Today was Justin’s memorial service. It was a God-glorifying service if there ever was one, and I am praying for the seeds planted by the clear Gospel presentation. Amazing.
A facet of the Christian faith that I am passionate about is “joy in suffering.” Let me be clear: I have not suffered much. Once, in a down moment, I tried to list 13 difficult things I’ve experienced in my Livejournal (a blog of a different sort – not usually public). If you read the entry, which I’ve shamelessly made public, you’ll see that I could only list 6 things, and I couldn’t resist including the amazing way God had redeemed the situation, brought me comfort, or accomplished a greater plan alongside each difficult experience. Some people might say that some elements of my life could be classified as suffering. I will say that while the errors of my parents caused me much pain, I do not feel that I have suffered. And if I have, I emphasize the joy that my suffering has produced.
I have not lost a child. I have not lost a brother, a cousin, or a best friend, but Justin’s dear family has. Together with my church, however, I have lost a dear sister-in-Christ to a very tragic end. So, as part of a church family that has lost a loved one abruptly, tragically, I can say that I have suffered the very same way that Justin’s church family is surely suffering. And it is with the lenses of that experience that I write about Justin’s memorial service, in which his father was able to say, the very same week his son was taken from him, that his family does not view Justin’s death as a tragedy, but as something to celebrate. Why, and how, is he able to see this nightmare that way? Through the grace, and peace, and comfort given to him by Jesus Christ.
Justin’s father sees the many ways that Justin influenced and affected people, and he is able to praise God for it. He sees the evidence of Justin’s witnessing, and ministering, and is able to thank God for His work. Finally, he miraculously sees the full picture – that Justin is seated at the banquet table with his Best Friend and Savior, Jesus Christ, celebrating, and is therefore able to celebrate with his son. Furthermore, he knows he’ll see his son again, in Heaven, soon. Soon and very soon.
That, my friends, is the “joy in suffering” that James speaks of: “Count it all joy, my brothers, when you meet trials of various kinds, for you know that the testing of your faith produces steadfastness. And let steadfastness have its full effect, that you may be perfect and complete, lacking in nothing” (James 1:2-4).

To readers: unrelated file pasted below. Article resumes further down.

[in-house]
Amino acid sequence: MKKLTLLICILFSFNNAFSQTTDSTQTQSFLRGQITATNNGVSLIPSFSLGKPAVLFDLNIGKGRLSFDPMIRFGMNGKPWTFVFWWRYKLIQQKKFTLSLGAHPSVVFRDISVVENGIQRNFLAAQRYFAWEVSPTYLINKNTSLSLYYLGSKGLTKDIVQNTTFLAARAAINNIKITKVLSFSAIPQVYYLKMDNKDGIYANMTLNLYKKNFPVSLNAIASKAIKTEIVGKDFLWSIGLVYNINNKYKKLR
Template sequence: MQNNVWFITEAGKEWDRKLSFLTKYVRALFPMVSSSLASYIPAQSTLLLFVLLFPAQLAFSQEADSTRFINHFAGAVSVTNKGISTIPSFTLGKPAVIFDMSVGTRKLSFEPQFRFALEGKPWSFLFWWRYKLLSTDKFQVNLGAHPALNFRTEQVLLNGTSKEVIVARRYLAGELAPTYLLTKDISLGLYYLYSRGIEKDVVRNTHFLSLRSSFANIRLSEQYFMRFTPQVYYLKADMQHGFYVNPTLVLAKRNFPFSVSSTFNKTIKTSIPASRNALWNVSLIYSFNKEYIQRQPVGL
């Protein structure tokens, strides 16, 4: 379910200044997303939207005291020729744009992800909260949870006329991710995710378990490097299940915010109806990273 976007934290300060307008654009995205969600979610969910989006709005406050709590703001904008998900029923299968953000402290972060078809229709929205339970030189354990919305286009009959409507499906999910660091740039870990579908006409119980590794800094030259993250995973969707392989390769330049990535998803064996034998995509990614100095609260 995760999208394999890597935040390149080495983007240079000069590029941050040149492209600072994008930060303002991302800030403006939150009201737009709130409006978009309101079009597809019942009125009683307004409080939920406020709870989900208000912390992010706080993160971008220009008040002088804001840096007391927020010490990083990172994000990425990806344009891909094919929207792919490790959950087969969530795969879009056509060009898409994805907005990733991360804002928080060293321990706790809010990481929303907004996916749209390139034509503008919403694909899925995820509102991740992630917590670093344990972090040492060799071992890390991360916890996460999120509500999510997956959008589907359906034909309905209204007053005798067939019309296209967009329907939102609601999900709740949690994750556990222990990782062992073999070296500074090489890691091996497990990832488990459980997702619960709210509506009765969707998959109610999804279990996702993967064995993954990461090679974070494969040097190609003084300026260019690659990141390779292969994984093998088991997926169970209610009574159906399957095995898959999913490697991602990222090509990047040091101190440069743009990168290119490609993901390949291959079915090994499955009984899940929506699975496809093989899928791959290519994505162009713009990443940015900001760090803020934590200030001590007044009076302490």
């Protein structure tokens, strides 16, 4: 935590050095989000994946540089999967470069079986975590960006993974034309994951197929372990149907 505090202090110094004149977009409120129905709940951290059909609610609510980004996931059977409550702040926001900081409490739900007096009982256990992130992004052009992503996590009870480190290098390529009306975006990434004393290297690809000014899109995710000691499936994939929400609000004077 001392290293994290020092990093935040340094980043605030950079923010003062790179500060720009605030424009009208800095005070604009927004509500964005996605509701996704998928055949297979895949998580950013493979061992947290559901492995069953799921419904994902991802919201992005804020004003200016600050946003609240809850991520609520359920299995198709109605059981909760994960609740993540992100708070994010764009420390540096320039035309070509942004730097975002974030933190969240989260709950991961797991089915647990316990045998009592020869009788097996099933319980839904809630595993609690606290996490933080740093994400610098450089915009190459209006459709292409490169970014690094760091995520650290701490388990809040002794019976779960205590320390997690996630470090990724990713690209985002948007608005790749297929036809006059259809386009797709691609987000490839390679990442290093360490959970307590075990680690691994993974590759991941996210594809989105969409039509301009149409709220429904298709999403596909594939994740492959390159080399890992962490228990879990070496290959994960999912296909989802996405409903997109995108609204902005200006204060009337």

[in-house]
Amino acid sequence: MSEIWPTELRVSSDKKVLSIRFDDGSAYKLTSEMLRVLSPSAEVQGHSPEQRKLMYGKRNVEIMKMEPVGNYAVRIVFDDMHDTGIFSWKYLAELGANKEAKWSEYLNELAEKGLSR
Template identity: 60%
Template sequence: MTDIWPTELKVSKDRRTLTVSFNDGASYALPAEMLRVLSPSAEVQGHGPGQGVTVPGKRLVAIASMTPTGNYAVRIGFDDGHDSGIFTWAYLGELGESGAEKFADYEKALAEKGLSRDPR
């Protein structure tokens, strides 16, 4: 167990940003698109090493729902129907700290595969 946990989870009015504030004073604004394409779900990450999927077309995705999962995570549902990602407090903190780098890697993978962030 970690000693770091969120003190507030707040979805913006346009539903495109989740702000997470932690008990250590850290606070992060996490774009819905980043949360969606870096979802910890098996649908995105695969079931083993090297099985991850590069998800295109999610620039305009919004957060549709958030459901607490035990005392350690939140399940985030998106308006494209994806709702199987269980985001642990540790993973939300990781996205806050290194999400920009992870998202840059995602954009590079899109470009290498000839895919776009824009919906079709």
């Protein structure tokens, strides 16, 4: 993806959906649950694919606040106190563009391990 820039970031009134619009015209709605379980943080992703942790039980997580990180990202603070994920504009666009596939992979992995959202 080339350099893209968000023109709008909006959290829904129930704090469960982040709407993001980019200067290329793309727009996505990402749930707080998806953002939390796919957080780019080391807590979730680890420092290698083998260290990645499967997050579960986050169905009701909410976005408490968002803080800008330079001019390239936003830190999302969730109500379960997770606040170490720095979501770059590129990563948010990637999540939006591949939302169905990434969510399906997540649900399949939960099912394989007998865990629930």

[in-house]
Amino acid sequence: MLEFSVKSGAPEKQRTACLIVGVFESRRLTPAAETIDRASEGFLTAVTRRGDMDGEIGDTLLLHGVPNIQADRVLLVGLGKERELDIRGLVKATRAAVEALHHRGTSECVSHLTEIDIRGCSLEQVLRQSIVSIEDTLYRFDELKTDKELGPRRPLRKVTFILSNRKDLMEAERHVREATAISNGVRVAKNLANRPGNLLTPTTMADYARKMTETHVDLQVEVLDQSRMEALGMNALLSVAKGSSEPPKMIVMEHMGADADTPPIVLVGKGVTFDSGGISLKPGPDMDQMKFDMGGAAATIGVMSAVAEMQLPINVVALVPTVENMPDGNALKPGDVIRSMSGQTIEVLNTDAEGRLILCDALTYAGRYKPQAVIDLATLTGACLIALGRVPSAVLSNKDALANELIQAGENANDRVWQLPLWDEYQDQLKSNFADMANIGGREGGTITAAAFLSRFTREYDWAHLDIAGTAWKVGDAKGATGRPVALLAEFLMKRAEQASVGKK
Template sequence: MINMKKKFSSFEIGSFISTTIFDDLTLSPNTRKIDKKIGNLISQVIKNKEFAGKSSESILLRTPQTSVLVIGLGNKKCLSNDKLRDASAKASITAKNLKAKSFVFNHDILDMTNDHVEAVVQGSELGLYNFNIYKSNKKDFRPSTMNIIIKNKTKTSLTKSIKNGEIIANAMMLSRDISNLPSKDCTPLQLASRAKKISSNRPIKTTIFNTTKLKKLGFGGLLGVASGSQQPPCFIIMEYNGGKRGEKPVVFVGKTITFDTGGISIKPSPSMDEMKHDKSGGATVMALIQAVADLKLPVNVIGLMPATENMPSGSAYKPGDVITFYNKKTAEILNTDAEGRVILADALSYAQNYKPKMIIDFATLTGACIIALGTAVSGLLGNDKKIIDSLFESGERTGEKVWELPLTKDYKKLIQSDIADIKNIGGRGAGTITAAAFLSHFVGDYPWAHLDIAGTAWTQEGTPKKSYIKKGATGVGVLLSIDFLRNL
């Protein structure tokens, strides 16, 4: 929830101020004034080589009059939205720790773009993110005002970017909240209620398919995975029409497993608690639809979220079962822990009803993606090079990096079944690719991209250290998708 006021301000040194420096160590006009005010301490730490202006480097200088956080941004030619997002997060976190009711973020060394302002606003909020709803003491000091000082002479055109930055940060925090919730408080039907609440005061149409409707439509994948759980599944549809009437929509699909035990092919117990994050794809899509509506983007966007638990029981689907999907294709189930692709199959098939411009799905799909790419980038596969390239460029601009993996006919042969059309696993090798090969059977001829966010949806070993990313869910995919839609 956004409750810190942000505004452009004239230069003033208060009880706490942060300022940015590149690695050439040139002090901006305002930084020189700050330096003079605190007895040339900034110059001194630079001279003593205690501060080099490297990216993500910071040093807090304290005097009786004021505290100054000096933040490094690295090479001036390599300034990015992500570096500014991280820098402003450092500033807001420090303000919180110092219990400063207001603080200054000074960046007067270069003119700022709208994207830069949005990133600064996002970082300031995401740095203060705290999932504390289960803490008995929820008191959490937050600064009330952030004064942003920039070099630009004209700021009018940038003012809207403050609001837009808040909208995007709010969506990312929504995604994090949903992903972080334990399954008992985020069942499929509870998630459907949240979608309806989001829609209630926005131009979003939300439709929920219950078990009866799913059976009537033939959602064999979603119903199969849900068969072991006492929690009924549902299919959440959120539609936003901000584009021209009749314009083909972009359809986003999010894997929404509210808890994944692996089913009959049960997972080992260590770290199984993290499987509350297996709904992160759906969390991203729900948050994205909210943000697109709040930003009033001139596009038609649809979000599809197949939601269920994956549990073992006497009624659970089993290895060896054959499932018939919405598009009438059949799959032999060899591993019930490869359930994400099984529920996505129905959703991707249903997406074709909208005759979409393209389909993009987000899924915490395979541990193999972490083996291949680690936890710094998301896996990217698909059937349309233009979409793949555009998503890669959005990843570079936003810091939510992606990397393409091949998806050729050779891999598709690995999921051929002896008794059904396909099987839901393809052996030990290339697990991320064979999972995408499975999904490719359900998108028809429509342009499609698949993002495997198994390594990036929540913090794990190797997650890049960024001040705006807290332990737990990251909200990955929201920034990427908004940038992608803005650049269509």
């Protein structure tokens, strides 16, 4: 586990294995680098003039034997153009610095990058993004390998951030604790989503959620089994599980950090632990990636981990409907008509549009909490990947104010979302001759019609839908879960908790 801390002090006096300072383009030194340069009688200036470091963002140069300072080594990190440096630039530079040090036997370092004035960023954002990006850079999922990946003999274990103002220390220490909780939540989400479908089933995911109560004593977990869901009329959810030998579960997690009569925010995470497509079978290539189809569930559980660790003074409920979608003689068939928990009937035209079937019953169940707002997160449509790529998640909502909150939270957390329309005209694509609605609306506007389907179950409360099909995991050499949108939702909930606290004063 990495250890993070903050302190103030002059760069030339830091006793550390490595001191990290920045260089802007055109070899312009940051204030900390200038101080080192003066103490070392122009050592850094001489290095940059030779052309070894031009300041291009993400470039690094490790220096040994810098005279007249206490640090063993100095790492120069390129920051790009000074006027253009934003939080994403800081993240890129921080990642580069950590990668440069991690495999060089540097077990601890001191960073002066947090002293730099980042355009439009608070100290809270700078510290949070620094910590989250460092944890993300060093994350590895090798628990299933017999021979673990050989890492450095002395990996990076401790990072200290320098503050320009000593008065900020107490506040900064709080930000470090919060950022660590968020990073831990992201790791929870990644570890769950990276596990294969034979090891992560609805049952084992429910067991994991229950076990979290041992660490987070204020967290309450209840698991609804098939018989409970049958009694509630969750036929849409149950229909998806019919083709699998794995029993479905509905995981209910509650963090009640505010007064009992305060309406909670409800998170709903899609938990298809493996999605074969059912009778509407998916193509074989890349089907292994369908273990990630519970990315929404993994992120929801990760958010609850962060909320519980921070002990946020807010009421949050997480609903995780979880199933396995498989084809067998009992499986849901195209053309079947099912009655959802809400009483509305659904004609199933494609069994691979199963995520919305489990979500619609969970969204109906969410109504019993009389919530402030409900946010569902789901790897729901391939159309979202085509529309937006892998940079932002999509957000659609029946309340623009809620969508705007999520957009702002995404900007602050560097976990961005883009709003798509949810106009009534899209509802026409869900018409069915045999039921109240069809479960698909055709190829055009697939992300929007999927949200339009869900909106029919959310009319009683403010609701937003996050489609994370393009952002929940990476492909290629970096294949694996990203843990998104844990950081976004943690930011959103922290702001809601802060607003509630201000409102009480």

Fittingly, Justin was a guy who desired the testing of his faith. My most precious memories of him are from the year he started, and fought for, a Bible study called The Word at our high school. He actually had to go to the school board to get our study approved. And which book did we first study? To be honest, I don’t remember. But I like to think it was James. 🙂
Justin used to admonish me the verses about gentleness and being slow to anger. He would say, “Rosie, be gentle!” And I would retort, “Justin, be NICE!” He could really… ruffle my feathers because he was so intelligent, he was always able to shut me down. In my yearbook, he wrote, “you are the most vocal Christian I know. Remember gentleness in 1 Peter 3 (I think).” I remember thinking, “well, you taught me everything I know!”
In so many ways, I failed. I was young, and inexperienced, and zealous for the Lord. I am thankful for God’s forgiveness, and friends’ forgiveness. I am also thankful that so many people heard the message again today, in light of Justin’s amazing life, no less.
It is better to go to the house of mourning
than to go to the house of feasting,
for this is the end of all mankind,
and the living will lay it to heart.
By the grace and power of God, I can say that I was glad to be in the house of mourning today. I “lay it to heart” tonight.